Five years ago today was the first day that my lovely wife and I said those three words "I love you" to each other. We were on the phone at mid-morning; she was in Los Angeles and I was in Cupertino (near San Francisco). And as we said good-bye "I love you" slipped out on my end, followed by the same words on hers. The words surprised both of us (we had only been dating for 3 months at the time). Dev had to go but said we'd talk about it later.

She was right, five years later we still talk about it.
Happy anniversary, baby.

Sunday, September 10, 2006

Home improvement Sunday

Our Sunday did not prove as interesting as our Saturday, but we did get a lot done. Dev ran lots of chores. And I discovered why people will spend $2000 on new cabinets and installation instead of refinishing their old ones. The math is simple: paint is *much* harder to remove from a surface than to add to a surface.

That's right! I got to strip the paint from a couple of kitchen cabinet doors today. Five decades of paint takes more than a few minutes and a la-de-da to strip off. I used some paint stripper, a power sander, a jackhammer and a "bunker buster" cluster bomb. I think the jackhammer *actually* managed to knock the paint off, but I was so tired of the whole process by that point that I threw the bomb in out of sheer frustration.

Hope you all had a good weekend too!

She rocks

Here is photographic evidence of Devon topping out on her first ever rock climb. She did great. She got to the top once and then repeated the feat a few minutes later.

We went back out to Bulo Point this weekend and took Nate and Sue with us. They provided the gear and expertise and we provided the transportation. We actually got some pictures at the crag this time, though most of the actual action and climbing shots feature Nate and Sue. That works better anyway, because they climb with a great deal more grace than Dev and I. -grin-

Enjoy the pictures!

Friday, September 08, 2006

Better fire?

"Apple has issued a recall on several models of Mac laptops because the battery can overheat and catch fire. Experts say a Mac fire is just like a PC fire, except it's more hip and condescending."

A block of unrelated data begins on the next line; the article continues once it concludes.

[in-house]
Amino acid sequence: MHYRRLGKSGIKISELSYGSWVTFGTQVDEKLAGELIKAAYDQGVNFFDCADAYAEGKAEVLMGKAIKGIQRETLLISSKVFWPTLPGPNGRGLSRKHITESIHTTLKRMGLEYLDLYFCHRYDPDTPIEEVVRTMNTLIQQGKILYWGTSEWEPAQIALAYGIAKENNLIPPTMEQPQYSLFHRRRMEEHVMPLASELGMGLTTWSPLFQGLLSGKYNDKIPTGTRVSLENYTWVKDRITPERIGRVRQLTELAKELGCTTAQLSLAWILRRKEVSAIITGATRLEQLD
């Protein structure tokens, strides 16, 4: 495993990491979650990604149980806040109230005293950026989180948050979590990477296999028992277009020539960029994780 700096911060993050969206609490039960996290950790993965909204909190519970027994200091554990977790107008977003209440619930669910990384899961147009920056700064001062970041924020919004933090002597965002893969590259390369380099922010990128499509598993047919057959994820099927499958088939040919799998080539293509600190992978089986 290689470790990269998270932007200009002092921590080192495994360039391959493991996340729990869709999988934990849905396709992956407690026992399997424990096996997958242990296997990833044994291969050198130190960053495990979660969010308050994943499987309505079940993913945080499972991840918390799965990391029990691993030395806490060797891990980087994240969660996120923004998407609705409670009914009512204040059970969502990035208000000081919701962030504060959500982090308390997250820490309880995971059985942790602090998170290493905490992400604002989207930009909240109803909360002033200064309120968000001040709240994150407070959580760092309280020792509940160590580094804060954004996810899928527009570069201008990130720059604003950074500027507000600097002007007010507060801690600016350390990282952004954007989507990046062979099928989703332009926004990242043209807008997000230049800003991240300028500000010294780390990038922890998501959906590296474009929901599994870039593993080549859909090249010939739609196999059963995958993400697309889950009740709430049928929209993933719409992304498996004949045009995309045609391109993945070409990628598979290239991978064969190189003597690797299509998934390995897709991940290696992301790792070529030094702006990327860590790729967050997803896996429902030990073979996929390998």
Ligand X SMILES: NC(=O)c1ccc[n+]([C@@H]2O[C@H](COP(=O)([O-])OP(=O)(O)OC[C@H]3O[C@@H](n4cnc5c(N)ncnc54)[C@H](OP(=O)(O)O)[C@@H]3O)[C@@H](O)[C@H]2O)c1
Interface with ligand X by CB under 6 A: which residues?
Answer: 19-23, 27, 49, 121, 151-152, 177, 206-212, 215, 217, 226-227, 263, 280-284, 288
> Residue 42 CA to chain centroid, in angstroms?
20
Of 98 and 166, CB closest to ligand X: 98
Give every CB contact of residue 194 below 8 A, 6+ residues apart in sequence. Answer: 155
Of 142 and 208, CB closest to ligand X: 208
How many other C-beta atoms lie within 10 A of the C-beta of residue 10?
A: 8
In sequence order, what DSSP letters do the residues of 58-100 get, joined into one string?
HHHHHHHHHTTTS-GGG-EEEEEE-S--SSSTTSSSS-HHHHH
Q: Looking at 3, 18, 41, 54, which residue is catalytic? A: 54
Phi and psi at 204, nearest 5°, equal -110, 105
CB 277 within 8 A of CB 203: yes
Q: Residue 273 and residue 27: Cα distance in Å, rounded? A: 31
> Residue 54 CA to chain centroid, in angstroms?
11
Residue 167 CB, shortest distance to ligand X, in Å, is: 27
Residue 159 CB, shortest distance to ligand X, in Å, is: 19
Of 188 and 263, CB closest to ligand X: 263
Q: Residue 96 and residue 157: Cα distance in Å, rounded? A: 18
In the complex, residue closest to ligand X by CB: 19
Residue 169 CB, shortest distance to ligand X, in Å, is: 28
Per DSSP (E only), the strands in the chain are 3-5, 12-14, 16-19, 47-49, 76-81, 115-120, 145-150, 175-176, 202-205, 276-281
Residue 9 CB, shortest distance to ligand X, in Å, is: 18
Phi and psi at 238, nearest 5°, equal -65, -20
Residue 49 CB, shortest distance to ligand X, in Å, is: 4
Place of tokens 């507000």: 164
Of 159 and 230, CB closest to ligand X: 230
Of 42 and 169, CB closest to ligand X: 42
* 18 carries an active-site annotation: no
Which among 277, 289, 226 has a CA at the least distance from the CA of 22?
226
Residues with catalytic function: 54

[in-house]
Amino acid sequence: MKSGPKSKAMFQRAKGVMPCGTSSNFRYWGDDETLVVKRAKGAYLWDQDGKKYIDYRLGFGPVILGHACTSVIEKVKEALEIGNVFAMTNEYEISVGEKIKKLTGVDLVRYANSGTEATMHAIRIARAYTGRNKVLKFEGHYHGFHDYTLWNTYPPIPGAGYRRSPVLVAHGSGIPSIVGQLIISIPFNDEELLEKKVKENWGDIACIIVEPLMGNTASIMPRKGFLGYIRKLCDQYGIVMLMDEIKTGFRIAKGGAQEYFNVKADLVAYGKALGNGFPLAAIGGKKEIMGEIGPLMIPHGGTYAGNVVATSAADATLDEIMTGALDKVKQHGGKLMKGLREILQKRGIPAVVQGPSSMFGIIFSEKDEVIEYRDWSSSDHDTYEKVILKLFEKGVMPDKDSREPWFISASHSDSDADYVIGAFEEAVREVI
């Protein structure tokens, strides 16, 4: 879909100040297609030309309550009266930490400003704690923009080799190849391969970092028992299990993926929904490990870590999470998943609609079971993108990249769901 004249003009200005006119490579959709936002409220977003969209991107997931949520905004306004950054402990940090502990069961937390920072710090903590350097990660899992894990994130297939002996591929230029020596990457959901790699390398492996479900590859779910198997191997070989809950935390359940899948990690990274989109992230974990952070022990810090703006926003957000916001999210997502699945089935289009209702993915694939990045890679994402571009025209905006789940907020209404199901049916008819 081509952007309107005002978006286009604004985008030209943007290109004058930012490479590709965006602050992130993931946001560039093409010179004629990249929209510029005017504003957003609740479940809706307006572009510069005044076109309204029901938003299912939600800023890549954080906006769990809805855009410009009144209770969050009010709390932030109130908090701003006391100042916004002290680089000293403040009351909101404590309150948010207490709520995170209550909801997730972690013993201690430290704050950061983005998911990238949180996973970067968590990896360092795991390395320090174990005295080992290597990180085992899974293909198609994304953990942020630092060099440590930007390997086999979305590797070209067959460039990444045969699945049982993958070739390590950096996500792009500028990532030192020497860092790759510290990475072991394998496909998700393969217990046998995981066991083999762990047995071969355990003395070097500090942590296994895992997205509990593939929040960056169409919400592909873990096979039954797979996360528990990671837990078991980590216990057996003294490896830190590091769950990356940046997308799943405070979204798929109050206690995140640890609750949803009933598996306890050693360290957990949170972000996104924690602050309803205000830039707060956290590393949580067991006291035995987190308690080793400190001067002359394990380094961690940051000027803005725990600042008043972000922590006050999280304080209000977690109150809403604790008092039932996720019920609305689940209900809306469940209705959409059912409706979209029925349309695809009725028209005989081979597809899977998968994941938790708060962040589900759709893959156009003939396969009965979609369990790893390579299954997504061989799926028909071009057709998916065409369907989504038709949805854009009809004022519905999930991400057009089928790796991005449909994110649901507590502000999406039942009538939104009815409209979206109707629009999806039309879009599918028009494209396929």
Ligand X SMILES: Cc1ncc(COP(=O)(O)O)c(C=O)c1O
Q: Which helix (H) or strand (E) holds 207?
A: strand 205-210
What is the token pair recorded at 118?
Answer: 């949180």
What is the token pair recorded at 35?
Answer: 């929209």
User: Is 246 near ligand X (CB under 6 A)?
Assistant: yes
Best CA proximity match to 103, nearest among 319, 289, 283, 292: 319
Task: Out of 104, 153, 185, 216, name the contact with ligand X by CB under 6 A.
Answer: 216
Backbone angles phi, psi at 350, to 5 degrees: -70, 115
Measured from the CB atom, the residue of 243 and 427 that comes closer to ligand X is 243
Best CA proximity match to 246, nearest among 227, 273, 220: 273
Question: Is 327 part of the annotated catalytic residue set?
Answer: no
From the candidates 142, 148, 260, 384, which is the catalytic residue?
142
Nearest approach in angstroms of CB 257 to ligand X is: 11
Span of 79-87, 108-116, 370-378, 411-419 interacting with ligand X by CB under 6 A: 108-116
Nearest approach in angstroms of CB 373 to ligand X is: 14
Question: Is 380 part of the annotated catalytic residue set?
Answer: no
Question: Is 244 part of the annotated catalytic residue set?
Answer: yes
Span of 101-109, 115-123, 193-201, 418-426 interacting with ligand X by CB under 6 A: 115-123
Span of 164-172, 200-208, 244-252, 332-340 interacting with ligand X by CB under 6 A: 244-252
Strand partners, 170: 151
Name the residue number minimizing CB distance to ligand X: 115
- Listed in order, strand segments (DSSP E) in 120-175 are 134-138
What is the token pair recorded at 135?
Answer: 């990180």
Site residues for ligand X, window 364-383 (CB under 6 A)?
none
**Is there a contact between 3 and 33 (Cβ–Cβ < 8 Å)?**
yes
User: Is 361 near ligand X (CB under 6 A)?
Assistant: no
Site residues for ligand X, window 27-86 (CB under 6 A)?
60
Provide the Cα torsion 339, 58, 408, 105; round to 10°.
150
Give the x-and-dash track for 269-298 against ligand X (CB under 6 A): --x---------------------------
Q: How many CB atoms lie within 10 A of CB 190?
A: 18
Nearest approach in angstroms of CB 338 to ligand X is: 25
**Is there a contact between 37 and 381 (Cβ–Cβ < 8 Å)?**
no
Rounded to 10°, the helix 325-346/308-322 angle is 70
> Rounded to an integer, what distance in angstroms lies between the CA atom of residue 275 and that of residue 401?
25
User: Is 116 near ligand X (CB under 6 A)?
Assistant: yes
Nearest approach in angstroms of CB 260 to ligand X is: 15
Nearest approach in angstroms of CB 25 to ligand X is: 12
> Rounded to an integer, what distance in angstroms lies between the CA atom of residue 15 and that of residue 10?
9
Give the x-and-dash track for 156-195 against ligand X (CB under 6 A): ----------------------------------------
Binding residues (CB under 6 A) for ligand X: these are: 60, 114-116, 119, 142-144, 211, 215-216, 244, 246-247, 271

---Conan O'Brien

Thursday, September 07, 2006

ABC's ongoing rightwing lovefest

And yet more on the unfolding drama concerning ABC's 9/11 mockumentary.

Wednesday, September 06, 2006

Why tell the truth when legend is so much easier

Apparently ABC will air a docudrama on 9/11 that portrays the destruction of the twin towers as President Clinton's fault. This must be like that story that the Clintons and their staff ransacked the White House when they left office. Except to combat this falsehood there's a high profile analyst in Roger Cressy who points out that Clinton never had a clear shot at Osama.


Monday, September 04, 2006

She said it!

Came across an good diary on DailyKos the other day about Libertarianism. I'd been uncomfortable with Libertarianism for a while even though many of the end points of their agenda seem to mesh with a progressive agenda. She kinda sums up why the ideology of legislation matters. A good think piece, for me anyway.

No climbing pics yet

I still don't have photos from this weekend so I'll just have to post two new pictures of Bojangles.

Sunday, September 03, 2006

Bulo Point Climbing

Dev and I just got home from an overnight camping trip to the Mt Hood National Forest. We camped at Eightmile Crossing Campground with a few friends and fellow rock climbers (Tom and Nat and Tasha and Tracy and Christy) and all of the dogs. And while we camped at Eightmile Crossing, we drove a few miles away into the forest to the little rocky crag of Bulo Point.

For such a smallish area, Bulo Point has a nice variety of climb styles and difficulties. The beginners like Tasha and I had a number of easy and moderate routes to try. And the more advanced climbers (everyone else listed above) could choose from a nice variety of styles and difficulties.

We spent yesterday climbing the upper portion of the crag. Today we spent more time in the lower portion of climbing area. Tom and Tracy got to run up a few routes in "traditional" style (placing their own anchors as opposed to using bolts pre-drilled into the rocks). And we all stopped other activities and watched Nat make a dramatic run up a difficult (5.10) route. And he did not disappoint. He had a few moments of drama at the very top and pulled through it and we all cheered him on.